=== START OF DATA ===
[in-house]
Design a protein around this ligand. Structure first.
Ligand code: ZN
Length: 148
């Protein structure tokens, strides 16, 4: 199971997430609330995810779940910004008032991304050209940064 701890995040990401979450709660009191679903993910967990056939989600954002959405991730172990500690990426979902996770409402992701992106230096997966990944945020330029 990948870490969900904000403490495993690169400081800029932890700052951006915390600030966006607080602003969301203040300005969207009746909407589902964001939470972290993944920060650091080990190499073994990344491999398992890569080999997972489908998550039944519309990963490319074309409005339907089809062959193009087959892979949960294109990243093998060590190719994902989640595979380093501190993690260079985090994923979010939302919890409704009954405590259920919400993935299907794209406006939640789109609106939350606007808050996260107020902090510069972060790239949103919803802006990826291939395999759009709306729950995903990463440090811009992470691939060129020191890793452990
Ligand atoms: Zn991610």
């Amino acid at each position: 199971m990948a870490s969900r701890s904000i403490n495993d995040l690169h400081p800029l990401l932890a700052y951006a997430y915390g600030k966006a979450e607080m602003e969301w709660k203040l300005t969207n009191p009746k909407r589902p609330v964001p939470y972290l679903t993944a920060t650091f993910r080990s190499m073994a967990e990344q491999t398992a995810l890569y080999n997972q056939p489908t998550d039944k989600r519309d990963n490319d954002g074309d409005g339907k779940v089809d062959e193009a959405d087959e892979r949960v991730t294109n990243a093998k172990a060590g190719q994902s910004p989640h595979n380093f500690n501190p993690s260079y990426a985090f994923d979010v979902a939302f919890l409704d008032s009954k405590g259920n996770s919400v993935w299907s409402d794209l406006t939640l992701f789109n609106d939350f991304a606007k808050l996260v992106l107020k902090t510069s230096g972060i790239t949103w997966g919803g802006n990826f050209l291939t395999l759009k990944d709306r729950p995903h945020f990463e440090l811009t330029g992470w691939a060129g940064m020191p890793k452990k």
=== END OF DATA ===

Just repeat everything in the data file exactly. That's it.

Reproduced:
[in-house]
Design a protein around this ligand. Structure first.
Ligand code: ZN
Length: 148
């Protein structure tokens, strides 16, 4: 199971997430609330995810779940910004008032991304050209940064 701890995040990401979450709660009191679903993910967990056939989600954002959405991730172990500690990426979902996770409402992701992106230096997966990944945020330029 990948870490969900904000403490495993690169400081800029932890700052951006915390600030966006607080602003969301203040300005969207009746909407589902964001939470972290993944920060650091080990190499073994990344491999398992890569080999997972489908998550039944519309990963490319074309409005339907089809062959193009087959892979949960294109990243093998060590190719994902989640595979380093501190993690260079985090994923979010939302919890409704009954405590259920919400993935299907794209406006939640789109609106939350606007808050996260107020902090510069972060790239949103919803802006990826291939395999759009709306729950995903990463440090811009992470691939060129020191890793452990
Ligand atoms: Zn991610």
């Amino acid at each position: 199971m990948a870490s969900r701890s904000i403490n495993d995040l690169h400081p800029l990401l932890a700052y951006a997430y915390g600030k966006a979450e607080m602003e969301w709660k203040l300005t969207n009191p009746k909407r589902p609330v964001p939470y972290l679903t993944a920060t650091f993910r080990s190499m073994a967990e990344q491999t398992a995810l890569y080999n997972q056939p489908t998550d039944k989600r519309d990963n490319d954002g074309d409005g339907k779940v089809d062959e193009a959405d087959e892979r949960v991730t294109n990243a093998k172990a060590g190719q994902s910004p989640h595979n380093f500690n501190p993690s260079y990426a985090f994923d979010v979902a939302f919890l409704d008032s009954k405590g259920n996770s919400v993935w299907s409402d794209l406006t939640l992701f789109n609106d939350f991304a606007k808050l996260v992106l107020k902090t510069s230096g972060i790239t949103w997966g919803g802006n990826f050209l291939t395999l759009k990944d709306r729950p995903h945020f990463e440090l811009t330029g992470w691939a060129g940064m020191p890793k452990k």